Pronouncing himself “ecstatic” at the development, Kaiser said that the 41-member cast of “Follies,” which includes Bernadette Peters, Jan Maxwell, Linda Lavin, Elaine Paige, Danny Burstein and Ron Raines, was being informed of the plans for the transfer Wednesday afternoon. No casting has been finalized, but center officials expect the majority of the actors to follow the show to New York.
The Broadway move for the revival of the 1971 Stephen Sondheim-James Goldman musical — directed by Signature Theatre’s Eric Schaeffer and choreographed by Warren Carlyle — is the second transfer of a Kennedy Center musical to New York in two years; a revival of “Ragtime” moved from the center to Broadway in November 2009.
In addition, a revival of Terrence McNally’s “Master Class” with Tyne Daly, produced by the center last year as part of a festival of McNally’s plays, is being mounted on Broadway this summer by the Manhattan Theatre Club.
The center’s experience with “Ragtime” suggests that the trip up Interstate 95 can be a treacherous one. The $8.5 million “Ragtime” earned mixed reviews in New York and disappointingly closed after only 65 performances.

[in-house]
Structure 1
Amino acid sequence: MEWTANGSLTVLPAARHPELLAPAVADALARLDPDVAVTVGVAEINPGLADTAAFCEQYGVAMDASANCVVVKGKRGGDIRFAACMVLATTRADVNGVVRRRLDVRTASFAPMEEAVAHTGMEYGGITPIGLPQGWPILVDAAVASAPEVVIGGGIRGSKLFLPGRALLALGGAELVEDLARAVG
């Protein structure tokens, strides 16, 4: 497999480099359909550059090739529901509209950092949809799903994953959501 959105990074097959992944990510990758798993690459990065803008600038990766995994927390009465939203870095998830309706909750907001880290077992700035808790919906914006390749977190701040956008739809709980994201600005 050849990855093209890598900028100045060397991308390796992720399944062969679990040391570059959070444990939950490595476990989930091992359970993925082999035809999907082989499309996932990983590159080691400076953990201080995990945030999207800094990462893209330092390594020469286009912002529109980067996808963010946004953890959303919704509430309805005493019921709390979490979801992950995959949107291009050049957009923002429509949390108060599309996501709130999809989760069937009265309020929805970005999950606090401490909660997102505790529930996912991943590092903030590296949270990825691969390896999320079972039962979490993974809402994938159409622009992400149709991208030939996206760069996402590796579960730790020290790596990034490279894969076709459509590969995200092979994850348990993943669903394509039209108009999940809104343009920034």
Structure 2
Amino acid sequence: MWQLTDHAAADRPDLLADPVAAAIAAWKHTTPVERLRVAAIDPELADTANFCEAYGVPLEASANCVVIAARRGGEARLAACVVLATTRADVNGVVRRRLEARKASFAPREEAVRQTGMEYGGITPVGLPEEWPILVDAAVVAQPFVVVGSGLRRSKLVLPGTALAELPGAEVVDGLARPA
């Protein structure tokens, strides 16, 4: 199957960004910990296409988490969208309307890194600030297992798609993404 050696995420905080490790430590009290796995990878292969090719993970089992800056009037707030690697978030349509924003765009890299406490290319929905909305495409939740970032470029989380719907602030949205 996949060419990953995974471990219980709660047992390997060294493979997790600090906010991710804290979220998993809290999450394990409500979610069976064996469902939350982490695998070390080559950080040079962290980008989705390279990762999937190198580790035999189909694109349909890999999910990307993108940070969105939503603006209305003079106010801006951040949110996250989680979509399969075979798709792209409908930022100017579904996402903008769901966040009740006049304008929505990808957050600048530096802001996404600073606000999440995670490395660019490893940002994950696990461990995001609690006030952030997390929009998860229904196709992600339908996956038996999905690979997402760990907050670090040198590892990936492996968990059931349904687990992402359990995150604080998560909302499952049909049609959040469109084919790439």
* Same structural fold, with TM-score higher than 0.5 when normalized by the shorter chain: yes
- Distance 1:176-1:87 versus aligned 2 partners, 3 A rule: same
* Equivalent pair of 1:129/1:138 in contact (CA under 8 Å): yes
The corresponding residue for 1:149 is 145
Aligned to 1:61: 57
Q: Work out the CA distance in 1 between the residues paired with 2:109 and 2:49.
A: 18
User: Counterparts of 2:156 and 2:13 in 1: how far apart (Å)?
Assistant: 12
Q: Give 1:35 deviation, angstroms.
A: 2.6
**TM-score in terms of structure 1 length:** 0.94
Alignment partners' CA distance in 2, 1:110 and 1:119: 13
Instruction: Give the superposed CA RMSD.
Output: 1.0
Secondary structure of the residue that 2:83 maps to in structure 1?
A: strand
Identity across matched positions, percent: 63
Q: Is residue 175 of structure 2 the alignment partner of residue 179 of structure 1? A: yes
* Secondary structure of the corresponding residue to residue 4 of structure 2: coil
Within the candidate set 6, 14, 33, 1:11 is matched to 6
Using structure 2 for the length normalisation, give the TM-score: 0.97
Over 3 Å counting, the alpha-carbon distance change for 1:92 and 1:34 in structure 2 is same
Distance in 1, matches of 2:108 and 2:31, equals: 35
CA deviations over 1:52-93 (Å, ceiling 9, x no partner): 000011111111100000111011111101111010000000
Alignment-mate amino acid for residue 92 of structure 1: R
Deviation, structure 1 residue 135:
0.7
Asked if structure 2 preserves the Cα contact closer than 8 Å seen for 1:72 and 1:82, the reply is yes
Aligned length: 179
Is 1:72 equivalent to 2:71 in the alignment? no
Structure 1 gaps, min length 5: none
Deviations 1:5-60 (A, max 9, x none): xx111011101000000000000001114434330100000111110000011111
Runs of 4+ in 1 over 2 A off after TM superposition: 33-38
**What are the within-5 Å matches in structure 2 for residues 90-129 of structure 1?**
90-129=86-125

“Follies” has received similarly mixed notices, but it has the advantage of several big names, particularly that of the Tony-winning Peters, long associated with the musicals of Sondheim. The center was also encouraged by the robust ticket sales for the show, whose 50-performance run began May 7 in the Eisenhower Theater and is scheduled to close there Sunday.
According to Kaiser, “Follies” — the story of the emotional turmoil that is stirred by the reunion in a dilapidated theater of onetime follies girls — has taken in $5.1 million at the box office and will have played to 95 percent of capacity. Sluggish sales for the run’s Wednesday matinees — unorthodox on the schedules of Washington productions — account for that absent 5 percent.
The securing of the Marquis Theatre had occurred only recently, so many details of the engagement still have to be worked out, Kaiser said. That includes which producers will be the center’s partners in the multimillion-dollar venture. A group of Broadway producers has already expressed “strong interest” in the show, he added.